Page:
Snubs, pups and ‘Murder on the Dancefloor’: The best moments from BAFTAs 2024

The evening was brimming with emotional, humorous, and awe-inspiring moments on stage as the stars came together to honour the finest films of 2023.

The 77th annual British Academy Film Awards have confirmed what pundits already know: Oppenheimer is the film to beat this year at the Oscars. Christopher Nolan’s opus scored for best film and director during tonight’s ceremony, held for the second year at London’s Royal Festival Hall. But while many of the winners were well-predicted, not everything that took place was quite so expected. The BAFTAs satisfied with a loveable host, a pronounced focus on diversity and a celebration of British productions, including Jonathan Glazer’s The Zone of Interest, which, oddly, won outstanding British film as well as picking up the award for film not in the English language (a first).

Below, catch a rundown of all the moments you might have missed from the 2024 ceremony at the Southbank Centre’s Royal Festival Hall, from David Tennant’s stint as host to Sophie Ellis-Bextor’s infectious rendition of ‘Murder on the Dancefloor’.

Bring on the Anglophiles

 There wasn’t a single British male up for best actor or supporting actor this year and supporting actress nominee Rosamund Pike told The Independent on the red carpet: “I don’t have much faith in British people rallying round their own… so I was really delighted to be nominated.” Still, us Brits received a lot of love from across the pond courtesy of the likes of Emma Stone and Robert Downey Jr, two of Sunday night’s big winners. Stone started her acceptance speech for best actress in Poor Things by thanking her dialect coach. “He did not laugh at me when I had to say ‘water’ [in an English accent]. Backstage, she also learned a new bit of British slang when asked a question about “having a chinwag”.

Shout-out to the Oppenhomies

Best actor winner Cillian Murphy probably made his teenage sons cringe when he thanked his “Oppenhomies” in his acceptance speech. He’s the first Irish-born performer to win a best actor BAFTA and said, “I’m a really proud Irishman, it means a lot.” He added: “People have come up to me on the street and said they’ve seen the film [Oppenheimer] five, six, seven times… It’s very humbling… And it’s been a brilliant year for cinema.” At three hours long, six or seven times might be just a bit too much.

Barbie walked away empty-handed.

Despite copping four nominations, Barbie did not win a single award at the BAFTAs. This included nominations for stars Margot Robbie and Ryan Gosling, whose performances simply weren’t ‘Kenough’ for the voters. This doesn’t put Barbie in the best position for the Oscars, which typically reflects the people and films honours by Britain’s equivalent awards ceremony. Meanwhile, Killers of the Flower Moon also went home empty-handed with the emotionally-loaded Native American story missing out on all nine of its BAFTA nominations.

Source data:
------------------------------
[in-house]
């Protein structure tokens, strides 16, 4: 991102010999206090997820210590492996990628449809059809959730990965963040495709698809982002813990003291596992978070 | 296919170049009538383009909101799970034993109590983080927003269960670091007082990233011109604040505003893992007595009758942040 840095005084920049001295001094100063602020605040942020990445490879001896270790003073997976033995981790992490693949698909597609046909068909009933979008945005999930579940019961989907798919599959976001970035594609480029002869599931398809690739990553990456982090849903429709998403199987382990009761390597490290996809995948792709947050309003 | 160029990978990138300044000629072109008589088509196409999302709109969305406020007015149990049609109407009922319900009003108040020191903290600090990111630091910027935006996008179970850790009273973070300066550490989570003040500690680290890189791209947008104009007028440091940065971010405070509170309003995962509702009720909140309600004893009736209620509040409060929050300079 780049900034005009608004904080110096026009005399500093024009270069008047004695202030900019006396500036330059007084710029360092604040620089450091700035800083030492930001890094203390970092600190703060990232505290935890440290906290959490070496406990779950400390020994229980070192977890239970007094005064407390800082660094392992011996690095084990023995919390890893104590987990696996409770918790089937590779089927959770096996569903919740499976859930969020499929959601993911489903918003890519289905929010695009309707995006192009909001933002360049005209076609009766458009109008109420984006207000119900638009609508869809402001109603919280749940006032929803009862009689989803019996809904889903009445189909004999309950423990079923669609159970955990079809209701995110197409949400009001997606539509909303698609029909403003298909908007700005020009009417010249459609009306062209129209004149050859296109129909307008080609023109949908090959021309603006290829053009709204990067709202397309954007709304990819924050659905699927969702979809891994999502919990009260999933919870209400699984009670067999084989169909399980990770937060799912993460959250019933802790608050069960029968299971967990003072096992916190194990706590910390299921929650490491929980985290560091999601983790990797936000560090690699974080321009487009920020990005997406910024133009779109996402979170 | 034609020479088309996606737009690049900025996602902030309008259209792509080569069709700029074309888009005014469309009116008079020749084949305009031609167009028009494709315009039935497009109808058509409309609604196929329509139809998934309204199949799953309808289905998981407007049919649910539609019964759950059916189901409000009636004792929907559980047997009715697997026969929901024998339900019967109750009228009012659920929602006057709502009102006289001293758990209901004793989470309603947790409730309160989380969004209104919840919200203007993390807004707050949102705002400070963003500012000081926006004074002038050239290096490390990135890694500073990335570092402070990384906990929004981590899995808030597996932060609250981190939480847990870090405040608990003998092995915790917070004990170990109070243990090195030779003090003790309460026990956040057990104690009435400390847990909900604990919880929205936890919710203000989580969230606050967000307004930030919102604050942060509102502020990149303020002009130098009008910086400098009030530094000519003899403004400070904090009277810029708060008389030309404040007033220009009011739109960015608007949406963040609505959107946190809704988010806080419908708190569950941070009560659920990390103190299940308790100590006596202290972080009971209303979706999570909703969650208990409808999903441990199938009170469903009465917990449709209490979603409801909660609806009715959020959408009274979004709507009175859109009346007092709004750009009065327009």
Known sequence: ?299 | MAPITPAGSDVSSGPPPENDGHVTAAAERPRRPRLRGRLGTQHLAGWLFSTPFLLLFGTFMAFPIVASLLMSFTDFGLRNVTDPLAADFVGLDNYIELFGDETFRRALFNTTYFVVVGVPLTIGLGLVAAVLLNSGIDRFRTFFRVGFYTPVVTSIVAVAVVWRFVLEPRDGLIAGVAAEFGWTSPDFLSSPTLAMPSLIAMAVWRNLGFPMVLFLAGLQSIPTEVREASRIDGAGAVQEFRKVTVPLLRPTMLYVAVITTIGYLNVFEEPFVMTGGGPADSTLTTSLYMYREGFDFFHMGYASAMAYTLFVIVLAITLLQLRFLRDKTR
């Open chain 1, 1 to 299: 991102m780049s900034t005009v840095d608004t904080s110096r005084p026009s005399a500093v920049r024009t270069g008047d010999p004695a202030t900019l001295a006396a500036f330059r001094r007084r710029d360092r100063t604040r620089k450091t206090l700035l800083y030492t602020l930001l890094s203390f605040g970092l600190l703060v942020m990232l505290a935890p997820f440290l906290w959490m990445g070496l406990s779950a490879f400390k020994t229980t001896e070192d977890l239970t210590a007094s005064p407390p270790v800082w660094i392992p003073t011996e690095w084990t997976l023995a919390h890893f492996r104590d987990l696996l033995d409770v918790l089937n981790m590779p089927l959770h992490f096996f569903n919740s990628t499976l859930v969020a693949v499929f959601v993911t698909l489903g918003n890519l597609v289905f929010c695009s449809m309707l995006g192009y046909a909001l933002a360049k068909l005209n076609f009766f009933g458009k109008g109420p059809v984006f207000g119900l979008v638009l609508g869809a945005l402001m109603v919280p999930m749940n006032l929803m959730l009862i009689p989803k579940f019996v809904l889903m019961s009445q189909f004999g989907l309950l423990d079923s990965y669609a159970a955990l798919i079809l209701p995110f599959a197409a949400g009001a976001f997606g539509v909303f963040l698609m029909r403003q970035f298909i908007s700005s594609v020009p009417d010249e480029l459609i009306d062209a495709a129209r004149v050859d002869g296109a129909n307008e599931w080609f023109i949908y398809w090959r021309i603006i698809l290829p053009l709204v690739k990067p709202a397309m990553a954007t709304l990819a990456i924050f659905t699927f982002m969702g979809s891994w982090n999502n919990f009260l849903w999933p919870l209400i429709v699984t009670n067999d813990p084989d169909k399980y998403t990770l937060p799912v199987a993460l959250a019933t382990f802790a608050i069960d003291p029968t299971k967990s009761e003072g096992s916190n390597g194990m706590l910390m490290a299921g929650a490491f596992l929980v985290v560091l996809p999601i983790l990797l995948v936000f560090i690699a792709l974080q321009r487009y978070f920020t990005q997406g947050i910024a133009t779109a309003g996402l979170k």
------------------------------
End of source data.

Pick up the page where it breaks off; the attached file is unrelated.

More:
David Tennant and his dog

Host David Tennant was an all-round success this year, with his natural enthusiasm proving infectious and a genuinely funny script. However, at one point he appeared on stage holding fellow actor Michael Sheen’s dog, who admittedly stole the show.

Michael J Fox was a moment

Many online had hoped he would make an appearance despite not being on the confirmed guest list ahead of the awards on Sunday. So it was a thrill to see Back to the Future legend Michael J Fox presenting the award for best picture. There was a standing ovation for the star, who was diagnosed with Parkinson’s when he was just 29, and rarely makes public appearances. Since then, the 62-year-old has gone on to raise millions for research into the disease and also raises awareness through The Michael J Fox Foundation. Many on social media said his appearance brought them to tears.

Saltburn‘s night was bittersweet

While Emerald Fennell’s twisted thriller failed to convert any of its five nominations into awards, it still dominated the headlines as Sophie Ellis Bextor took to the stage to perform ‘Murder on the Dancefloor’. Her 2002 track has enjoyed something of a renaissance since being used during the infamous final scene of the film as Barry Keoghan’s character Oliver dances naked around his country pile. Keoghan, though, didn’t feel the need to re-enact his performance, staying safely clothed in his seat. 

Hugh Grant worked the ‘Oompa Loompa’ song into his speech.

Never one to miss an opportunity to get weird, Hugh Grant spent part of his presenter’s speech breaking into song. “Oompa loompa doompety dee, now the Best Director category,” he crooned. The actor is currently starring in Wonka as (you guessed it) an Oompa Loompa.

War in the spotlight

It wasn’t all frivolous fun, however. The Zone of Interest won three awards, including outstanding British film. It tells the chilling story of the head of Auschwitz, who lives next door to the death camp with his young family. Producer James Wilson said in his acceptance speech for best film not in the English language: “Walls aren’t new from before or since the Holocaust and it seems stark right now that we should care about innocent people being killed in Gaza or Yemen or Mariupol or Israel.”

20 Days in Mariupol also picked up the prize for best documentary. Director Mstyslav Chernov gave an emotional speech, saying that he hopes he will still be alive by the time the BAFTAs come around next year. His film documents a team of Ukrainian journalists trapped

WriterChris Saunders
Banner Image CreditBBC / The BAFTAs